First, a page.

Catmull’s experience of working with Jobs at Pixar is a complete contrast to tales of Jobs at Apple. Nevertheless, Catmull said: “It was amazing to see him flip. But he wanted you to argue back.
So why did Jobs shout down colleagues when he didn’t agree with their ideas and then later assign the idea as a good one? Ellison suggested: “Steve was not intellectually insecure. When he decided someone had a better idea, he moved on immediately. He didn’t care. All he cared about was building the best product.”
Despite being a tough boss, Jobs inspired his colleagues to achieve incredible things. Ellison explained: “Steve was a remarkable leader. He inspired people to do great things, whether you call it a pitch or telling a story. You’re working 6-7 days a week, 16 hours a day, Steve would come in and make you feel that what you were doing was important, and you were important. He was an inspirational, charismatic leader. People wanted to be on his team.”
And Jobs changed over the years, according to Ellison: “He learned to temper. He learned to understand that people didn’t enjoy feeling that they were not valuable. As we get older we all learn to be empathetic.”
This change in Jobs’ personality may explain why Catmull’s working relationship with Jobs was so different to those at Apple. “The Steve I knew was very kind and very empathetic with people,” Catmull said. “Those things weren’t there earlier, but he learned how to do it after Next. Learned to listen”.
Catmull spoke about his relationship with Jobs at Pixar. The fundamental difference there was that Jobs trusted the staff at Pixar: Catmull said: “Steve never came to a story meeting at Pixar. It was actually amazing, but it was the agreement. He trusted people with things he didn’t know.”
Catmull suggested that it wasn’t just that Jobs was happy to let Pixar run itself: “I knew his heart was in Apple. He knew the difference. He knew when he needed to be in it, and when he needed to support us.”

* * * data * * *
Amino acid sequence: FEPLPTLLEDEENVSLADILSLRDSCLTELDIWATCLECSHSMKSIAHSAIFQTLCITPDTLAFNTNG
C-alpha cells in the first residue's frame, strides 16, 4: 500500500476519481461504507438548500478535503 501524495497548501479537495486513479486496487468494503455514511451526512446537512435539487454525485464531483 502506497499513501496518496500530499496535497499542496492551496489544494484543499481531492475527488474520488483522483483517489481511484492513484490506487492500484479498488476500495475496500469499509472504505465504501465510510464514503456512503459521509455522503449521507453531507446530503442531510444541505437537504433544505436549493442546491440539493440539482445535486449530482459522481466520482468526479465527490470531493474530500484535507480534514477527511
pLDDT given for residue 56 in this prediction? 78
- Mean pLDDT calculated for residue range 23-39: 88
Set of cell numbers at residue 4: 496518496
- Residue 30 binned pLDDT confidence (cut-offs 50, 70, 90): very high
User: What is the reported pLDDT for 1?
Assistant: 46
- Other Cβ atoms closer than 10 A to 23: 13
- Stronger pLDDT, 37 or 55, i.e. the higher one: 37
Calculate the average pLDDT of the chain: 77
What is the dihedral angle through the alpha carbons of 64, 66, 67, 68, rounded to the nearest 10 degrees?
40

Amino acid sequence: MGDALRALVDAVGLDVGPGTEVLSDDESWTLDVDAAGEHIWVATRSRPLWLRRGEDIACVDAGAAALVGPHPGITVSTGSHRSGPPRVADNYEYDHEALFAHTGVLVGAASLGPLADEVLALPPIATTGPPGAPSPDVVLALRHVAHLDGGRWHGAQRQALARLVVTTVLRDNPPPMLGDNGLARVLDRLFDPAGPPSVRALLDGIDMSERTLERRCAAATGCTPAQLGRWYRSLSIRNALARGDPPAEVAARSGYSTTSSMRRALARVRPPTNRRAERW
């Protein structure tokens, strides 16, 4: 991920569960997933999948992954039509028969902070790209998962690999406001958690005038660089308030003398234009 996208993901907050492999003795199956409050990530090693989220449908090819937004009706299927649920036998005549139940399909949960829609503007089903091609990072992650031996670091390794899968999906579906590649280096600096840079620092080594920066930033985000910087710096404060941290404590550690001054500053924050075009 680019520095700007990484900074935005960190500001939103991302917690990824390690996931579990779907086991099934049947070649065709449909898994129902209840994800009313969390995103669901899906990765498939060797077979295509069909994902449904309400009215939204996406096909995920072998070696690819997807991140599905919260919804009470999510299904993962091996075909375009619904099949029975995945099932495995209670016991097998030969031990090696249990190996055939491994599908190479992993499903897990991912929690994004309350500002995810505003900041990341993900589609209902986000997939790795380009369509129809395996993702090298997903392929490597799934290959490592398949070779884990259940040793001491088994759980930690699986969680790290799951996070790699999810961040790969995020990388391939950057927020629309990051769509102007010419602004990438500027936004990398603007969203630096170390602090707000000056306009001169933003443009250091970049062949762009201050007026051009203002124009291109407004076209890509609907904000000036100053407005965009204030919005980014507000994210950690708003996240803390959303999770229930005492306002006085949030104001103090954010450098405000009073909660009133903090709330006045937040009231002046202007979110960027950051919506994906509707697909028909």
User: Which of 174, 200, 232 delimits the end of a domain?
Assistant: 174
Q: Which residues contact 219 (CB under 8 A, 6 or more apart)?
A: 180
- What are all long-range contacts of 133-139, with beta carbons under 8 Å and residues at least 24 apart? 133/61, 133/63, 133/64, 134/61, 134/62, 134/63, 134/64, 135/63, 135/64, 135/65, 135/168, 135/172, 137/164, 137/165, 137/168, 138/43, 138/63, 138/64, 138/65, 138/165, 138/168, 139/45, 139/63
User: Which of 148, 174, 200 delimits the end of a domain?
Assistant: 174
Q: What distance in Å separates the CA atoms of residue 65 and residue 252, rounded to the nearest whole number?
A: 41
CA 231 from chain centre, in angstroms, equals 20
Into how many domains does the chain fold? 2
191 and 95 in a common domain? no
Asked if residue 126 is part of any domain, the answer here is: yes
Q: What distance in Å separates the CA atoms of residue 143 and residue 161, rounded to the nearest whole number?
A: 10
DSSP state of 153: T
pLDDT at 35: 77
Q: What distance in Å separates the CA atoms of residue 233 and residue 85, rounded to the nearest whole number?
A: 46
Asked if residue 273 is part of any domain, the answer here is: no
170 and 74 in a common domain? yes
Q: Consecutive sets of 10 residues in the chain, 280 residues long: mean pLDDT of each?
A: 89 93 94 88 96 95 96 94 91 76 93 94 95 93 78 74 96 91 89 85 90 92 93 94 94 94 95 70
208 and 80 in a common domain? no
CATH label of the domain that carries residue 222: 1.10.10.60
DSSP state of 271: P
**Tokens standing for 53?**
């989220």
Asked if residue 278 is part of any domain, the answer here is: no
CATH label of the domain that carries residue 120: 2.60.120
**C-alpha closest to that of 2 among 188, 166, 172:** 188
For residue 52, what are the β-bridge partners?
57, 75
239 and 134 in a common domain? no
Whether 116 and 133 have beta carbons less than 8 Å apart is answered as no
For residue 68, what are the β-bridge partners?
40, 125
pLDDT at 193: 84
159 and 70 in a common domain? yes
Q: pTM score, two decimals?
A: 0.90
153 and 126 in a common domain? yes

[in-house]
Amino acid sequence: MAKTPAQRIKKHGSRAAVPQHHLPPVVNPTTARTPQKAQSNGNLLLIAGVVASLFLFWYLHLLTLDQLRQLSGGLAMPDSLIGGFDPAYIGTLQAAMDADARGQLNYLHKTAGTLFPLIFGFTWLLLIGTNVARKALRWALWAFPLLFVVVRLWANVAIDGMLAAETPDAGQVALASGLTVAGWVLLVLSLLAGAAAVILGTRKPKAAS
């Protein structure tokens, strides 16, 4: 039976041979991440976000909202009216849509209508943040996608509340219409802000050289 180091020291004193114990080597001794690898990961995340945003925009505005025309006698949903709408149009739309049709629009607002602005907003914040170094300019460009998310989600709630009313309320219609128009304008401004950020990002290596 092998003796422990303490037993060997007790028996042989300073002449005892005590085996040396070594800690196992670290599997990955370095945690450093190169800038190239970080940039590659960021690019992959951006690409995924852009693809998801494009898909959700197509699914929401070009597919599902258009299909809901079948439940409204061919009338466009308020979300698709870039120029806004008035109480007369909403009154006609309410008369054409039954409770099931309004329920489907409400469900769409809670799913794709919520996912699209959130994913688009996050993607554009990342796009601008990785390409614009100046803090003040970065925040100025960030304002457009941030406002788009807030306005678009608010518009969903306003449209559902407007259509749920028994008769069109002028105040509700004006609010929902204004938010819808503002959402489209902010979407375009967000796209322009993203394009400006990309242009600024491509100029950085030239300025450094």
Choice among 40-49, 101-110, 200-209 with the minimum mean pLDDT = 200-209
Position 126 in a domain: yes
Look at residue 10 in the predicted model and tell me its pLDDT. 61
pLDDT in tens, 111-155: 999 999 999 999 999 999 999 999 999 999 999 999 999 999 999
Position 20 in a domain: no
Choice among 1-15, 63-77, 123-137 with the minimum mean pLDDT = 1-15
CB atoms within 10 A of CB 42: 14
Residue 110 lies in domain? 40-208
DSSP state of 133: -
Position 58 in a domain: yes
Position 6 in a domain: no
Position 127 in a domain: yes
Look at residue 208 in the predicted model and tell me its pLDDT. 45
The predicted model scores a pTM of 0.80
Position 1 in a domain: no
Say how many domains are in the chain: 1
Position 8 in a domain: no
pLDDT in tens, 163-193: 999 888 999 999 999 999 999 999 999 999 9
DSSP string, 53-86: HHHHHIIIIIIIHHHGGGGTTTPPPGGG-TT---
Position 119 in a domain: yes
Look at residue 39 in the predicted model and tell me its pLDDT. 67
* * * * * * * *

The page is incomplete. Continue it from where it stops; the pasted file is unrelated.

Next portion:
How leaving Apple the first time transformed Jobs
Many agree that after Jobs’ was kicked out of Apple by his Board of Directors in 1985 he mellowed somewhat and the lessons learned at Next also changed him for the better.
According to Ellison, being kicked out of the company he founded was a big surprise to Jobs’. Ellison noted: “He made himself vulnerable. He didn’t negotiate with his board well enough. He expected the board to know that he was irreplaceable.”
His fiery personality is one reason why Jobs was fired (although officially he decided to leave the company). Ellison thinks things would be different today, and that’s probably because with hindsight firing Jobs “almost cost Apple its existence”, in Ellison’s words. “The Apple board didn’t like the way he behaved. But look at the young geniuses in Silicon Valley now. If they don’t like their boards, they fire them. To some degree I think that’s a result of Steve,” he added.
“It’s almost a bible story in the Valley”, said Walt Mossberg.
Ellison clarified: “Entrepreneurs don’t trust their boards anymore. Larry and Sergei can fire their boards. Zuckerberg can. Firing Steve was such an incredible mistake.”
From dressing in a turtleneck and jeans to dressing the Apple Stores
The conversation also touched on Jobs famous black mock turtleneck and jeans: “Steve wore the same thing every day because he didn’t want to think about what he was wearing. Steve didn’t care about the way he dressed,” according to Ellison.
Apple Stores were given as an example of how Jobs wouldn’t listen to the naysayers. When the Apple Stores were first announced industry commentators looked at the problems Gateway was experiencing with it’s stores, and the success IBM was experiencing selling products online and concluded that Jobs was mad to pursue ‘brick and morter’ stores.
Even Ellison told Steve “that bricks and mortar was dead”, and in response Steve said: “But we’re using glass and steel.”
Ellison joked: “He dragged me to the mockups. I wanted to throw myself out of the car.”
Ellison added: “I didn’t say it was nuts. I did say it was very risky. But utterly brilliant. I never expected there would be as many stores as there are now.”
Catmull agreed that the Apple Stores were “more successful than I thought it would be.”
The discussion really demonstrated that Ellison knew Jobs well. And he had been Jobs friend since the early days of Apple. Even in the early days, Ellison saw that: “He was an extraordinary guy and you could see it at the beginning.”